38- www. world- petroleum. org 3.4- Supply and markets OPEC, the IEA and prices Crude oil is the world's most actively traded commodity. Much of the money changes hands in the busy futures markets of London, New York and Singapore. And the oil price is not just relevant to oil: it dic-tates the cost of other forms of energy, in-cluding natural gas, and the cost of produc-ing many other materials, such as steel. Oil prices are referenced against bench-mark crudes ( see box), trading at a premium or a discount to them, depending on their quality: those that yield a greater volume of high- value products - such as gasoline - are more expensive than those that produce greater quantities of lower- value products, such as fuel oil. Brent is used to price around two- thirds of the world's internationally traded crude oil - even though produced volumes of North Sea Brent crude are now very small. The Organization of the Petroleum Exporting Countries ( OPEC) - a group of producing countries that includes many of the world's biggest oil- supplying nations - also has its own reference price, the OPEC basket. What is OPEC? OPEC is a prime force in influencing global oil prices: when it cuts output, there is less oil available to the world and prices gener-ally rise; when it boosts supply, prices gener-ally fall. OPEC, headquartered in Vienna and now made up of 12 member countries, was formed in 1960 by Saudi Arabia, Iran, Iraq, Kuwait and Venezuela, which remain mem-bers. The other seven, joining the group at various stages, are: Qatar, Libya, the UAE, Nigeria, Algeria, Ecuador and Angola. It wasn't until the early 1970s that OPEC be-came a global powerhouse. Until then, the oil market was dominated by seven large firms, known as the Seven Sisters, which produced more than 90% of Middle East oil. But the outbreak of war between Israel and the Arab states in 1973 resulted in a big shift in the bal-ance of power. OPEC's Arab members halted oil supplies to countries supporting Israel - the US and western Europe. Oil prices quad-rupled. Since then, the group has generally been able to act as a swing producer, varying output according to the market's need for oil or its own view of where prices should be - largely thanks to the extremely large capac-ity of one country, Saudi Arabia, which alone is theoretically capable of supplying around 12% of world oil demand. Only where global growth has slowed rapidly, such as between 1998 and 2001, has the OPEC proved unsuc-cessful in manipulating oil prices. The consumer response OPEC's view of what prices should be usu-ally clashes with the view of the International Energy Agency ( IEA), set up in 1974 by de-veloped consumer countries in response to the oil crisis. Its purpose was to co- ordinate the consumer response to oil- supply emer-gencies and to counter OPEC's growing power. The IEA ´ s most important act was to tell member countries to store three months' worth of oil, in case of a supply stoppage. The IEA still tries to influence the geopoli-tics of oil to the advantage of its members - countries in the Organisation for Economic Co- operation and Development - by, for ex-ample, urging producers to sell more oil or in-vest more in developing their reserves to en-sure steady flows of oil in the future. And it of-ten disagrees with OPEC: where OPEC gen-erally wants to get more for its oil, the IEA gen-erally wants energy to be more affordable. ?? Benchmark crudes The main benchmark crude oils are: Brent, a combination of crude oil from 15 North Sea fields, with an associated futures contract traded at London's ICE Futures exchange; and West Texas Intermediate ( WTI), pro-duced in the US, with an associated futures contract trading on the New York Mercantile Exchange. In the Mideast Gulf, Dubai crude is used as a benchmark to price sales of other regional crudes to Asia. ??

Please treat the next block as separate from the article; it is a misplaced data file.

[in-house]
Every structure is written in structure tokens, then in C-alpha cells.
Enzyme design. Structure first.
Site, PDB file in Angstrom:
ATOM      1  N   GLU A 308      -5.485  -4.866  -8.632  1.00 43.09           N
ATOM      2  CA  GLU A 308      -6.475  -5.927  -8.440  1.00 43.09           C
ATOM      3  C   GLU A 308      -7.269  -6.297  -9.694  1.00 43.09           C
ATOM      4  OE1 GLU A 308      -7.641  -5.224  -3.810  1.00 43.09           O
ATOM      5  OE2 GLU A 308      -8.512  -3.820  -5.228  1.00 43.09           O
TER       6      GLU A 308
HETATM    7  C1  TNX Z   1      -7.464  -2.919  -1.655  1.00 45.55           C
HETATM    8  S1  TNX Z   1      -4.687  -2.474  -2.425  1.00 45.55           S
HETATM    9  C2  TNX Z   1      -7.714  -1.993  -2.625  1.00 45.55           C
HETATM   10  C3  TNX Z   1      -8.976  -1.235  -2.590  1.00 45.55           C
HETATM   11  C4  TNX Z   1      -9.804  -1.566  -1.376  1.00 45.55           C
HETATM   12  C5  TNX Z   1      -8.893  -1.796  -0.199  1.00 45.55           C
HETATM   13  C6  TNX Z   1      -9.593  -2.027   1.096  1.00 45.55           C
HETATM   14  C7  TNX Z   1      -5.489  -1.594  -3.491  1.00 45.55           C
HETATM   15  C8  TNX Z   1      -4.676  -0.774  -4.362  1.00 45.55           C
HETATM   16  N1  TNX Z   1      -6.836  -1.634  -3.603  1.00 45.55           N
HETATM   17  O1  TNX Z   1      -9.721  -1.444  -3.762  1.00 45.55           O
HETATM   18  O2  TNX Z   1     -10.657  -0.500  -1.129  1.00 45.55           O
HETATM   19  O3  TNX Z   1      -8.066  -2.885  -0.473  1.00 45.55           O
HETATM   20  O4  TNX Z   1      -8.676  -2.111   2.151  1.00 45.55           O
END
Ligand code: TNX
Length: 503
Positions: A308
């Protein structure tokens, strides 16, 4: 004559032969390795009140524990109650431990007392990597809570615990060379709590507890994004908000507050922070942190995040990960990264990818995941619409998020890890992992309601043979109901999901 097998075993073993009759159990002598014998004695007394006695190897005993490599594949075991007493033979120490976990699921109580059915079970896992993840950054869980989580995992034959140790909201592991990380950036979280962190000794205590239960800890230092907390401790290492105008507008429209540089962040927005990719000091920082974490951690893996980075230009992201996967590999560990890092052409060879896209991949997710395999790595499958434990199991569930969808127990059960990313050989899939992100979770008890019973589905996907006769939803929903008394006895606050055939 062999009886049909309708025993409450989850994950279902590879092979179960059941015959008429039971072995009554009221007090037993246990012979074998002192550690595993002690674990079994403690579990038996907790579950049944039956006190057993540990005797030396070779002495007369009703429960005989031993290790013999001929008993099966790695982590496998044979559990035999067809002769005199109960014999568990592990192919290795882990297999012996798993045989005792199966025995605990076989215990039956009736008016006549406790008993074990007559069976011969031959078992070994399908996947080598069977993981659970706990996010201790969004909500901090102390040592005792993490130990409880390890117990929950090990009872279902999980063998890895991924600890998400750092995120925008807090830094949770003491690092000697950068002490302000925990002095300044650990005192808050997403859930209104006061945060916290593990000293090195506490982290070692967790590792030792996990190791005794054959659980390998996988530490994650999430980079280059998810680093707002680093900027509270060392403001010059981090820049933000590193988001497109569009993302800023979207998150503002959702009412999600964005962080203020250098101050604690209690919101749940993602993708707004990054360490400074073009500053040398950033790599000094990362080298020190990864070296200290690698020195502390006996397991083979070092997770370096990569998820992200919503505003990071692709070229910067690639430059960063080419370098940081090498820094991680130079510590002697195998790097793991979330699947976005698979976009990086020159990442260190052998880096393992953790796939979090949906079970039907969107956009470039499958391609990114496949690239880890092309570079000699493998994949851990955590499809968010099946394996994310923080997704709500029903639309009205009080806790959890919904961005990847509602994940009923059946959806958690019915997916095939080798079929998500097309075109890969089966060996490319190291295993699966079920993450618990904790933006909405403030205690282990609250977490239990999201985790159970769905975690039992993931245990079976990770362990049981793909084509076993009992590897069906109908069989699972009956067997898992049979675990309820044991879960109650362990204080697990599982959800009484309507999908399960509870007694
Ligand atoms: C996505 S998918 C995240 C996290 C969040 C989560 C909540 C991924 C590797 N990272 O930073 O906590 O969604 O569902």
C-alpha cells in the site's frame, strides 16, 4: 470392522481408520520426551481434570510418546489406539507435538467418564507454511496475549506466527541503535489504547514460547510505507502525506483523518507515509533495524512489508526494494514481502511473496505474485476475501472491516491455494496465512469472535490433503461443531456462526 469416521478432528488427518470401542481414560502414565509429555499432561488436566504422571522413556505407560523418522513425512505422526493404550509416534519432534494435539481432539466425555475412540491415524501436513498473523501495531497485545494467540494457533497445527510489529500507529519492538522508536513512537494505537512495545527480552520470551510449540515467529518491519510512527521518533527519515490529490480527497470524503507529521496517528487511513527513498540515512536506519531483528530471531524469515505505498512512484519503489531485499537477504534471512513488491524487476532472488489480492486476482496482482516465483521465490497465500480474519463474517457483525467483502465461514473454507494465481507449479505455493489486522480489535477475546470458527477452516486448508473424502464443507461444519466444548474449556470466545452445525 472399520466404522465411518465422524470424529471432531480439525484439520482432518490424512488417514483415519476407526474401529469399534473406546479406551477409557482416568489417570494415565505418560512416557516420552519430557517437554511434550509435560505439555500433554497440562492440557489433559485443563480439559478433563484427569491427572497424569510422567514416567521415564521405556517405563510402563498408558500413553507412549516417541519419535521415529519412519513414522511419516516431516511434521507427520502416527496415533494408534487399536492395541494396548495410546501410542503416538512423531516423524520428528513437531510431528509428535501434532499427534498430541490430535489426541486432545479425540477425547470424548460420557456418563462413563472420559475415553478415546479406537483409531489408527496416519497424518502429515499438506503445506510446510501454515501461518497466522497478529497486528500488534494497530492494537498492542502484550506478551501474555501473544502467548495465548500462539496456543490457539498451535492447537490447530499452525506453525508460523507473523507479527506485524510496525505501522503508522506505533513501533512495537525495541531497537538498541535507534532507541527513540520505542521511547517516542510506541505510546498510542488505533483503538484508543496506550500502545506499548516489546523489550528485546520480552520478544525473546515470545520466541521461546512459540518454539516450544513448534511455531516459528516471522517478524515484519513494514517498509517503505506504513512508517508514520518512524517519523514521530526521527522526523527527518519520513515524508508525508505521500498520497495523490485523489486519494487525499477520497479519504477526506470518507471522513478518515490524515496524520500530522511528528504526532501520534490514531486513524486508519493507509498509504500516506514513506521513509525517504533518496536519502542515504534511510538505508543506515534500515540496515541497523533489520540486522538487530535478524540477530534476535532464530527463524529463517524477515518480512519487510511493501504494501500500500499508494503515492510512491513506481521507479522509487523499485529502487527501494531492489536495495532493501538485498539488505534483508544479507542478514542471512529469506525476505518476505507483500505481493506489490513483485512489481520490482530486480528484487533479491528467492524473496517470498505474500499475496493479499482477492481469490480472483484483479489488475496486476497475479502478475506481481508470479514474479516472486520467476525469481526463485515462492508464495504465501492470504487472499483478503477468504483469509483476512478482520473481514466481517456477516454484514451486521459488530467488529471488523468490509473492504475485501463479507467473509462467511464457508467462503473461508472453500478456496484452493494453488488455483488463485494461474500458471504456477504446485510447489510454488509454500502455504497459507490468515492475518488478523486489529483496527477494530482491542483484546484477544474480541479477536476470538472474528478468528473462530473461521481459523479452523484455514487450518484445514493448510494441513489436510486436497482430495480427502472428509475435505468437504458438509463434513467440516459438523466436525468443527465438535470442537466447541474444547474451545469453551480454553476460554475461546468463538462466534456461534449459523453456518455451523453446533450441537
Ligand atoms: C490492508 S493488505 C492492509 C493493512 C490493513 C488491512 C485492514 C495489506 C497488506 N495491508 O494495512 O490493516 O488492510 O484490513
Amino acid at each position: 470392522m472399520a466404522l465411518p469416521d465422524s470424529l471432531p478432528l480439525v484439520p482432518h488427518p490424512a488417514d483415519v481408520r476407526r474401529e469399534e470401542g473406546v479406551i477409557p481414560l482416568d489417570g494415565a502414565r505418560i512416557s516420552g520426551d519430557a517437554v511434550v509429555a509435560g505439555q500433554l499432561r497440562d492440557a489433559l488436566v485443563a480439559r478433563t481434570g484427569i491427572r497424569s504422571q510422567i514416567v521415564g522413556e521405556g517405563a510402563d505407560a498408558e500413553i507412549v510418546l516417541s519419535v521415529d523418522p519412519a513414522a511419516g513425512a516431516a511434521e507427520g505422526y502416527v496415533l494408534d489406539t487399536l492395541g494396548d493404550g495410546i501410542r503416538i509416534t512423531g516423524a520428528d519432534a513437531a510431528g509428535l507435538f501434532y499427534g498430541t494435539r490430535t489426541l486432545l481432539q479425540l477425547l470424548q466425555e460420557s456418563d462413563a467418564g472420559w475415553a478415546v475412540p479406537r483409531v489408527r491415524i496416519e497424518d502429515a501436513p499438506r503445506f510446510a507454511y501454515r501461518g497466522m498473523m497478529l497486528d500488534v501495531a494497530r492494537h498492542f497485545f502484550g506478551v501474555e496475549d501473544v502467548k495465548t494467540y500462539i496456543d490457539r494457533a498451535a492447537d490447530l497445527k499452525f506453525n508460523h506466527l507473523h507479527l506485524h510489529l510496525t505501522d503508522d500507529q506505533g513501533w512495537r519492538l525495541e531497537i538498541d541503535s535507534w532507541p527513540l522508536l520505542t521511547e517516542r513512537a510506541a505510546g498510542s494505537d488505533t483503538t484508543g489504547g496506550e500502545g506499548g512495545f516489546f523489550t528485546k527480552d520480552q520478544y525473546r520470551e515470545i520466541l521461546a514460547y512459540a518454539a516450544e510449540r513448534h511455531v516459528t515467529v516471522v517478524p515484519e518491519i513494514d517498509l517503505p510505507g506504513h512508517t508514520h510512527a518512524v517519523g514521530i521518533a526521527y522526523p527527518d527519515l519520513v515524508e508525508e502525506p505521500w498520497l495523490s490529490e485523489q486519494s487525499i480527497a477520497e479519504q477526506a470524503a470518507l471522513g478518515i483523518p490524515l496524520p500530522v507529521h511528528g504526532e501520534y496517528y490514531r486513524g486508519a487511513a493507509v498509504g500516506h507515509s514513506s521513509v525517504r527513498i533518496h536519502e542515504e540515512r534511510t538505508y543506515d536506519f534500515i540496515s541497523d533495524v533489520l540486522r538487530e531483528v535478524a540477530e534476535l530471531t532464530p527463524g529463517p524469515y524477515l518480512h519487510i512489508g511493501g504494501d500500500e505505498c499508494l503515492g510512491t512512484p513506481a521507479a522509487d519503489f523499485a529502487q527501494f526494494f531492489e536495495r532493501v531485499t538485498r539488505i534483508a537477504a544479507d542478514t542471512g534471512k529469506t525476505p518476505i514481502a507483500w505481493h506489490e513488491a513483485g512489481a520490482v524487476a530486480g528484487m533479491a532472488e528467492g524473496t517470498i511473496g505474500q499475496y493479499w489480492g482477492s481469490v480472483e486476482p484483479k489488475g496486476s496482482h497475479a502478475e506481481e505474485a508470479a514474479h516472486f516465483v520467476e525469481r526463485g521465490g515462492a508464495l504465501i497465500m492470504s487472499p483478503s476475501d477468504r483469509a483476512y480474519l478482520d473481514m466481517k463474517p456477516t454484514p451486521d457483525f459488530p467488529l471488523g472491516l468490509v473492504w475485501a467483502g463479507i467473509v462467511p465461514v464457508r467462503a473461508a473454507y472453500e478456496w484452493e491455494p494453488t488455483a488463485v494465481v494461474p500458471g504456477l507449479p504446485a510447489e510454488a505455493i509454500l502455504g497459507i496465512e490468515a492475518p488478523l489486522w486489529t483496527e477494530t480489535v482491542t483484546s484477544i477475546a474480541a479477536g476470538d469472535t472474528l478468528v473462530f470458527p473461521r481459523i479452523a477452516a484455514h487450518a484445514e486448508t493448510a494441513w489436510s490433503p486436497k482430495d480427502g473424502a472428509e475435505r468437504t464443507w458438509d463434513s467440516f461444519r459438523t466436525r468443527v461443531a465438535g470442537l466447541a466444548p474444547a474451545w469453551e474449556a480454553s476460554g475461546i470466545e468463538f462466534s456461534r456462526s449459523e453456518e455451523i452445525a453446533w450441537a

39- www. energy- future. com Industry facts Source - Opec ( based on 2007 data). * fob = free on board $ a litre Germany 0.00.250.500.751.001.251.501.75 US Canada Japan France Italy UK Crude oil fob* price Industry profit margin Tax The true cost of gasoline Who gets what from a litre of oil? Newspapers often blame oil producers if the price of gasoline is perceived to be too high. But a large component of the final cost of pump products is taxation levied by the government of the country where the oil is being consumed. This is the principal reason why gasoline prices vary substantially from country to country. According to the Organization of the Petroleum Exporting Countries ( OPEC), the amount of money the UK government receives from taxing oil products is around 1.6 times the amount OPEC members get from the sale of their crude oil. Between 2003 and 2007, says OPEC, the G7 nations ( Canada, France, Germany, Italy, Japan, the UK and the US) made $ 2,585 billion from oil taxation - slightly more than the $ 2,539 billion OPEC generated from oil sales in the same period. But, argues OPEC, the producers' net take is substantially lower than that of the consuming economies: whereas the G7' s tax revenue is " pure profit", the producers had to meet the cost of finding, producing and transporting their oil from their $ 2,539 billion.